As a law student in lvov, Poland, in 1928, Zofia Neuhoff met Maksymilian Hoffman, a charming lawyer whom she liked “above all for his… enthusiastic approval of her career plans.” After a few months, he proposed, but she declined to answer, and they lost touch, to her regret. Two years later, as she rushed out of a streetcar, she bumped into him and said yes.
But in later years, fate was less kind to the couple, parents of author Eva Cristina Hoffman Jedruch. In her new book, Crossing the Bridges: From Lvov Across the Steppes of Asia to London’s Doodlebugs: One Woman’s Wartime Odyssey (Austin Macauley), Jedruch recounts how invading Soviets sent Maks to his death at a prisoner of war camp, then describes the violent banging on her door by Soviet security-service officers, wanting to whisk her, her mother and her grandmother away. Eva, who was not yet two, had a cold and was allowed to stay home with relatives. It likely saved her life.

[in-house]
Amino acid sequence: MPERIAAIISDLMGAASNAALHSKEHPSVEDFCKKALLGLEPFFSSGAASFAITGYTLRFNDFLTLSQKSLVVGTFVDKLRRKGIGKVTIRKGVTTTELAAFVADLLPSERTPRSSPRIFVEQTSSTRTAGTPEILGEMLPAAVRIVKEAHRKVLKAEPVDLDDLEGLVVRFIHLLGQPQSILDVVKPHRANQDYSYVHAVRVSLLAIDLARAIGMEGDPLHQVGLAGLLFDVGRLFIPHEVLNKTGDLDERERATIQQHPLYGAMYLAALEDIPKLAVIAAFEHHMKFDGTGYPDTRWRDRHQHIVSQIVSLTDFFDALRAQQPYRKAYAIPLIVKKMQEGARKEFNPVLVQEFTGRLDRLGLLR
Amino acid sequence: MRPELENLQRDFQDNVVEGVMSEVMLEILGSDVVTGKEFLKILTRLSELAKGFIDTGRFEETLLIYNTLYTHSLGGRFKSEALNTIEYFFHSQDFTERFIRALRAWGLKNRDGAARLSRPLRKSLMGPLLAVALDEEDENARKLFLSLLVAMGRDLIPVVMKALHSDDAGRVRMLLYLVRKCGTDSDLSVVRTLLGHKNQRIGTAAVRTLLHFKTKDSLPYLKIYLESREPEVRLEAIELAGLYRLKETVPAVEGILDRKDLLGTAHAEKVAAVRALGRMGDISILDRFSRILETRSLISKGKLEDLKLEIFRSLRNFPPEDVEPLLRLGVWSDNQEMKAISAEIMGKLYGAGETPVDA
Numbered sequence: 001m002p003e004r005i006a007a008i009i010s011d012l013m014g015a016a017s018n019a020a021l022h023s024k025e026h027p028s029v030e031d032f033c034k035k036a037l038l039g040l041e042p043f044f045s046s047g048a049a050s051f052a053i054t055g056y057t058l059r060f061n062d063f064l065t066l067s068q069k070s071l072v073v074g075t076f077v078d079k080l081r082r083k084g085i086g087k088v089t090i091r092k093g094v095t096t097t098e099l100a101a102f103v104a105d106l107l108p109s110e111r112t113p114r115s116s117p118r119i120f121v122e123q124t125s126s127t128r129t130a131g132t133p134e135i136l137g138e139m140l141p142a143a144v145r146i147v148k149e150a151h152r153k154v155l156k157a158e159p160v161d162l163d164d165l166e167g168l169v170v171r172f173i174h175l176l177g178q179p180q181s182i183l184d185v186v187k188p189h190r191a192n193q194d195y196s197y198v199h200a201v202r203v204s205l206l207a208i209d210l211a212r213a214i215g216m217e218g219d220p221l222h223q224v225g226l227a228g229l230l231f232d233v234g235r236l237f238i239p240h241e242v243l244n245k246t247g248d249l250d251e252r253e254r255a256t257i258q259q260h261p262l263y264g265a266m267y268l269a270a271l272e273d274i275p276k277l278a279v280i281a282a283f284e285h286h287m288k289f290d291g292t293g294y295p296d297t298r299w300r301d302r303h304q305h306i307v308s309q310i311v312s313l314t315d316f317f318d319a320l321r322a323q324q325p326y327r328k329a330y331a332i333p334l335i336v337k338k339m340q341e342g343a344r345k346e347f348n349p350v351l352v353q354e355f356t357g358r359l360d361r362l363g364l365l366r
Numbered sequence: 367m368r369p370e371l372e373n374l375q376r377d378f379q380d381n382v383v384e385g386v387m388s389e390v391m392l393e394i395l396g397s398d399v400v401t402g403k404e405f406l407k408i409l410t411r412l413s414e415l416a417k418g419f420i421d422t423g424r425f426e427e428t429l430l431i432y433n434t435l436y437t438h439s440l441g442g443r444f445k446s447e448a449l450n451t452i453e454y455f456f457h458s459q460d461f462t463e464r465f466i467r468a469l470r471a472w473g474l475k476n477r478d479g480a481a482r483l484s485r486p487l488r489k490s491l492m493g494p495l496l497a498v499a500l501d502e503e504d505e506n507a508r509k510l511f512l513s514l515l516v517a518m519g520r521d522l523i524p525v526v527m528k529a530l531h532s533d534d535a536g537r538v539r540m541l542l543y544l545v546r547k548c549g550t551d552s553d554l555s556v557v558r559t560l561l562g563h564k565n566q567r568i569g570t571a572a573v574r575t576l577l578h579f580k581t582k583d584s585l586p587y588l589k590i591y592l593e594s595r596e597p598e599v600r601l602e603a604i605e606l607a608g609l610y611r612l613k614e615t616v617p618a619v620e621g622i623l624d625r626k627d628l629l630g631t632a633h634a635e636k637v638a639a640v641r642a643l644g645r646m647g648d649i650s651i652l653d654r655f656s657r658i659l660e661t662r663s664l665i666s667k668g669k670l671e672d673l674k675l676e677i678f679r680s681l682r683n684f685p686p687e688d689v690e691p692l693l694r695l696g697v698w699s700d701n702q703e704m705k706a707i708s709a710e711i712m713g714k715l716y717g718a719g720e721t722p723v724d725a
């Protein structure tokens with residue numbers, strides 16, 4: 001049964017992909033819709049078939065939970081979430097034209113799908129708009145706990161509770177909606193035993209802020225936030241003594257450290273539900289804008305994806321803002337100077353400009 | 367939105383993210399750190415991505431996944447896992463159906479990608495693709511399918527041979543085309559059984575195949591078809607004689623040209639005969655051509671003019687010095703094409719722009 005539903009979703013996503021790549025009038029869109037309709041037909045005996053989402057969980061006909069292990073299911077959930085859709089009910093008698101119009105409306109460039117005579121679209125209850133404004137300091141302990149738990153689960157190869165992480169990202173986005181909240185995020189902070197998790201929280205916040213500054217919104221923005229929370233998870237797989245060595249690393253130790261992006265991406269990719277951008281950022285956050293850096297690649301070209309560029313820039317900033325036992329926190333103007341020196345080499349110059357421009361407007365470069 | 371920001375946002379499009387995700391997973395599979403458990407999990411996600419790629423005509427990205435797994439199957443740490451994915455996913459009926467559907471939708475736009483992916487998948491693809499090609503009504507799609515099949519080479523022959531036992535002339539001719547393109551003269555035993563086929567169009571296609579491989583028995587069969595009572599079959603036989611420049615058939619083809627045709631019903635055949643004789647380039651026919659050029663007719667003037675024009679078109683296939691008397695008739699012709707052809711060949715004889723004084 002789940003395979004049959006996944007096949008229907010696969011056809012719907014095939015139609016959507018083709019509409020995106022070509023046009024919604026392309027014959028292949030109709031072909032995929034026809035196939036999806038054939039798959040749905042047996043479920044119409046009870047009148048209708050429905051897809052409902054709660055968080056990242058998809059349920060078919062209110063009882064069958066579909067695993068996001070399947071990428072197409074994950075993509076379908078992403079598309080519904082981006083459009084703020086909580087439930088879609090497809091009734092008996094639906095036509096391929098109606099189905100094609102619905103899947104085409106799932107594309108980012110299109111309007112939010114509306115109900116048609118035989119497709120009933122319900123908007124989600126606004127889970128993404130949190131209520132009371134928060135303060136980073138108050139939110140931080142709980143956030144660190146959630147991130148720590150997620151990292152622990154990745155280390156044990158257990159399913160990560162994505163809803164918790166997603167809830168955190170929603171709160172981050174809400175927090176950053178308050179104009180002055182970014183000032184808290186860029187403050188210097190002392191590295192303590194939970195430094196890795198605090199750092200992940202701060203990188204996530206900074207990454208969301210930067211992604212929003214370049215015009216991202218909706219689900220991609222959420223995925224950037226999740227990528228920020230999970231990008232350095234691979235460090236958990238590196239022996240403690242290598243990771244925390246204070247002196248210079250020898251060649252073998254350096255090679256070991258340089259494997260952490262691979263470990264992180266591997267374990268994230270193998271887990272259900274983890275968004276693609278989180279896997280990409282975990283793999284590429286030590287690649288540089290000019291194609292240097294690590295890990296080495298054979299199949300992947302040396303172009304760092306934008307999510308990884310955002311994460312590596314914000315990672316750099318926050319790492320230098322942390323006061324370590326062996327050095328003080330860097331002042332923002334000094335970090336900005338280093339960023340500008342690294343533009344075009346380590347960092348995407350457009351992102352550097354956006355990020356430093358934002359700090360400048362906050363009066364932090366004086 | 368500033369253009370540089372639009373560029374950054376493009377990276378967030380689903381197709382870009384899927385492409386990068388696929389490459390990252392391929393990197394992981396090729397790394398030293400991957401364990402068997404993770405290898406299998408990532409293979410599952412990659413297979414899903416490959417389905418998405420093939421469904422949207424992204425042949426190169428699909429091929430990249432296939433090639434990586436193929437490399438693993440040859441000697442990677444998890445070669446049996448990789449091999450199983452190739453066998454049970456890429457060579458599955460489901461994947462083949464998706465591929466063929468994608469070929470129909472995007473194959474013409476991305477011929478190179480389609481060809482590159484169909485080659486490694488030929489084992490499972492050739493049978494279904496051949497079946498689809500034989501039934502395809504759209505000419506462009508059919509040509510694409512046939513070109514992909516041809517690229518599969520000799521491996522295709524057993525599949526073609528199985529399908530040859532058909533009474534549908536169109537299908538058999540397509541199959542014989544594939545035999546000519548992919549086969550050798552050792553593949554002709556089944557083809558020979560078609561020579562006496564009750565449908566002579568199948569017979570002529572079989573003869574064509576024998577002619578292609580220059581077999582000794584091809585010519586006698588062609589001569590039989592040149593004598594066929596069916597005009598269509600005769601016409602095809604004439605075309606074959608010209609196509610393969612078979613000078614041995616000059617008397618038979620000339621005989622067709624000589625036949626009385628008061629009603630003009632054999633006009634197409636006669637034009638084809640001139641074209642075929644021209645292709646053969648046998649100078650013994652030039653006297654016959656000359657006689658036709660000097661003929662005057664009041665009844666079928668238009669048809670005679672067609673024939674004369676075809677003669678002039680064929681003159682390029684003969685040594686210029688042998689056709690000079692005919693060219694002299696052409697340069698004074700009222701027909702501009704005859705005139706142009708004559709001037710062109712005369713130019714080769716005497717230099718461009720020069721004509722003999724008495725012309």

The book traces Zofia’s time in a Gulag, working in a quarry, and her arduous journey from “Kazakhstan, on the border with China, through Persia, Iraq, Palestine, and Egypt, across North Africa, back to Europe, to London into the hell of V-2 rockets.”
Jedruch, 82, who lives in Summit, wrote the book as a tribute to her mother. “Her story was not really that unusual,” says Jedruch. Thousands were separated from their families and deported or killed when Poland was caught between Nazi and Soviet invasions.
The book ends shortly after mother and child were reunited in 1946, following a suspenseful attempt to smuggle Eva across the border into Czechoslovakia.
Jedruch, who earned her doctor of letters from Drew University after turning 70, plans a sequel, telling her own life story.